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VIDEO & GALLERY: Hundreds in Aberdeen pin up posters in solidarity with the Black Lives Matter movement

Black Lives Matter poster protest in Aberdeen. Pictures by Kath Flannery
Black Lives Matter poster protest in Aberdeen. Pictures by Kath Flannery

Hundreds of people turned out at anti-racism protests held across Aberdeen.

Protesters pinned up posters and banners in solidarity with the Black Lives Matter movement, with each one depicting powerful messages of the decades-long struggle for equality.

Organisers set up events at Skene Square, Marischal College, Duthie Park and Westburn Park and staggered arrival times to ensure participants could allow their voices to be heard while social distancing.

Aberdeen arts and performance group Hysteria organised the poster pin up as an alternative to staging a mass gathering.

It is hoped people’s artwork can help educate others on the challenges faced by the black community.

The action follows the global outrage surrounding the death of George Floyd in Minneapolis, Minnesota, last week. He died while being arrested by police.

The peaceful protest coincided with others happening across the world.

Sofia Ferrara, who helped organise the Aberdeen event, said: “It is a gift to be able to give our time to stand in solidarity with all the other people doing the same across the world.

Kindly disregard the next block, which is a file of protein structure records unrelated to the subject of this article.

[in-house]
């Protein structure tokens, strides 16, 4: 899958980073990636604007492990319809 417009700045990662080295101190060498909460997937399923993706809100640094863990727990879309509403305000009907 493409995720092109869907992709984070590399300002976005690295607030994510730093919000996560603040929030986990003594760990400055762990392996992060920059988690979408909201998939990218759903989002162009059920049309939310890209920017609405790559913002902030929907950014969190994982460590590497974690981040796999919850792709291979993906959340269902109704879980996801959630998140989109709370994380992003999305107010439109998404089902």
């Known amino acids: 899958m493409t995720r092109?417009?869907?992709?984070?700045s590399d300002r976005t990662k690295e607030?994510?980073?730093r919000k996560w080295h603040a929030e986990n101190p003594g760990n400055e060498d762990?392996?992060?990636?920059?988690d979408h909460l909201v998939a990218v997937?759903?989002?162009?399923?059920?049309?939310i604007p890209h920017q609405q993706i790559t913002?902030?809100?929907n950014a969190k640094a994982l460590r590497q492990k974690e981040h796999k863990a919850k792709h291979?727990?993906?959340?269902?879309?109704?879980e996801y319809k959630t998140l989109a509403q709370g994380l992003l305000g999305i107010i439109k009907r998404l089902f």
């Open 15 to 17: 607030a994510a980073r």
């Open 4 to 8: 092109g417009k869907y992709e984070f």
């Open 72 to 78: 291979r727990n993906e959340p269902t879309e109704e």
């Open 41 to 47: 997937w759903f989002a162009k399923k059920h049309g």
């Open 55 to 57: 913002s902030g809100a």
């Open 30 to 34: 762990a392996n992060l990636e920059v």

“It is great to see people turning up to show their support and we hope that this can help elevate the voices of others who need to be heard.

“Black voices need to be heard and it is important that we do what we can to help them, keeping up momentum for a movement that is so widespread.

“It has been very inspiring and hopeful to see so many people show up and stand in solidarity and it is very impressing what Mae Diansangu and her partner have done, organising such a successful protest in such a challenging time and respecting the safety measures.”

Attendees could be seen in their face coverings pinning up posters even as the weather refused to settle.

Lise Bos, 24, who was among those who gathered, said: “It is a privilege to stay at home and not be impacted by what is going on in the world. It is so important that we get involved, there is no excuse not to.

“Because of a lot of black transwomen, transpeople have the rights they have today the least we can do is all stand together in solidarity.”

Mia Foncha, 24 added: “I am here today as a black woman to show solidarity with all the other black people that have been facing injustices for hundreds of hundreds of years.

“I’m here in Aberdeen to show that black people are here, we want to be heard.”

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